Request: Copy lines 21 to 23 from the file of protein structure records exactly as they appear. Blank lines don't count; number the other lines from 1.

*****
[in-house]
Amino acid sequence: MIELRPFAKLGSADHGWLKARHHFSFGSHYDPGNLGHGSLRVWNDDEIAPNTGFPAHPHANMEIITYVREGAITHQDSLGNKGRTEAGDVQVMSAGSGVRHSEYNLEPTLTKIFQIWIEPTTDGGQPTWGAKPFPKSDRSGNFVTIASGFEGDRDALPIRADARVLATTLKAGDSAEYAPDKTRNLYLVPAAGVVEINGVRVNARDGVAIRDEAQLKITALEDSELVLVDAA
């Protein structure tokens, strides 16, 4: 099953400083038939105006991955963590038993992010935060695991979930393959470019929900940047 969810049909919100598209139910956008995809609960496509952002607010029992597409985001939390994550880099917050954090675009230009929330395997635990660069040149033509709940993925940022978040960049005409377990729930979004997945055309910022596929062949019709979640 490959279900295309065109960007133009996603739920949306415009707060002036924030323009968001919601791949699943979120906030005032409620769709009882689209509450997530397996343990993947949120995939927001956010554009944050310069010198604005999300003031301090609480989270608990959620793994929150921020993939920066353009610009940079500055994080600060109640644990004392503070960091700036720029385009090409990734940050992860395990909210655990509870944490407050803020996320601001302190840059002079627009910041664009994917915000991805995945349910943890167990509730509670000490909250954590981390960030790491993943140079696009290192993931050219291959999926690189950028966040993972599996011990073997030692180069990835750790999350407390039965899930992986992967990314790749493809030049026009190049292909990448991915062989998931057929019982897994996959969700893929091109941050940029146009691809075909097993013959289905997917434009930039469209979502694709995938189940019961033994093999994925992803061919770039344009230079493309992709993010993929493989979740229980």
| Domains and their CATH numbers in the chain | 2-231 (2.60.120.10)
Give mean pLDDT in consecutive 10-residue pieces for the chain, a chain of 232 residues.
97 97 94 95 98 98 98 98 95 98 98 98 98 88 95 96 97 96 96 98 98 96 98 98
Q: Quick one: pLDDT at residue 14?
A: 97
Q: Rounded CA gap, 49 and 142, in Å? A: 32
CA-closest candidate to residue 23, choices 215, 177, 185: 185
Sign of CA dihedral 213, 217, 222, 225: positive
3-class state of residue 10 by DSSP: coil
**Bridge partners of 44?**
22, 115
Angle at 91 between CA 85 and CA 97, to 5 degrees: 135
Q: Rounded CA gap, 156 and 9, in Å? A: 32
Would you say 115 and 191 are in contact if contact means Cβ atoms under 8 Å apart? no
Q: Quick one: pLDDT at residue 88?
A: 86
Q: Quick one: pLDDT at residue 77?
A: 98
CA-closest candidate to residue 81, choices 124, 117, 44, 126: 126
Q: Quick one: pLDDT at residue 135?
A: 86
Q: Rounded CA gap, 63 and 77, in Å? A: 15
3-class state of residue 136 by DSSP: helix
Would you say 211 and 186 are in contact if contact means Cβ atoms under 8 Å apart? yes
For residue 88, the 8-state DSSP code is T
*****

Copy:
A: 98
CA-closest candidate to residue 81, choices 124, 117, 44, 126: 126
Q: Quick one: pLDDT at residue 135?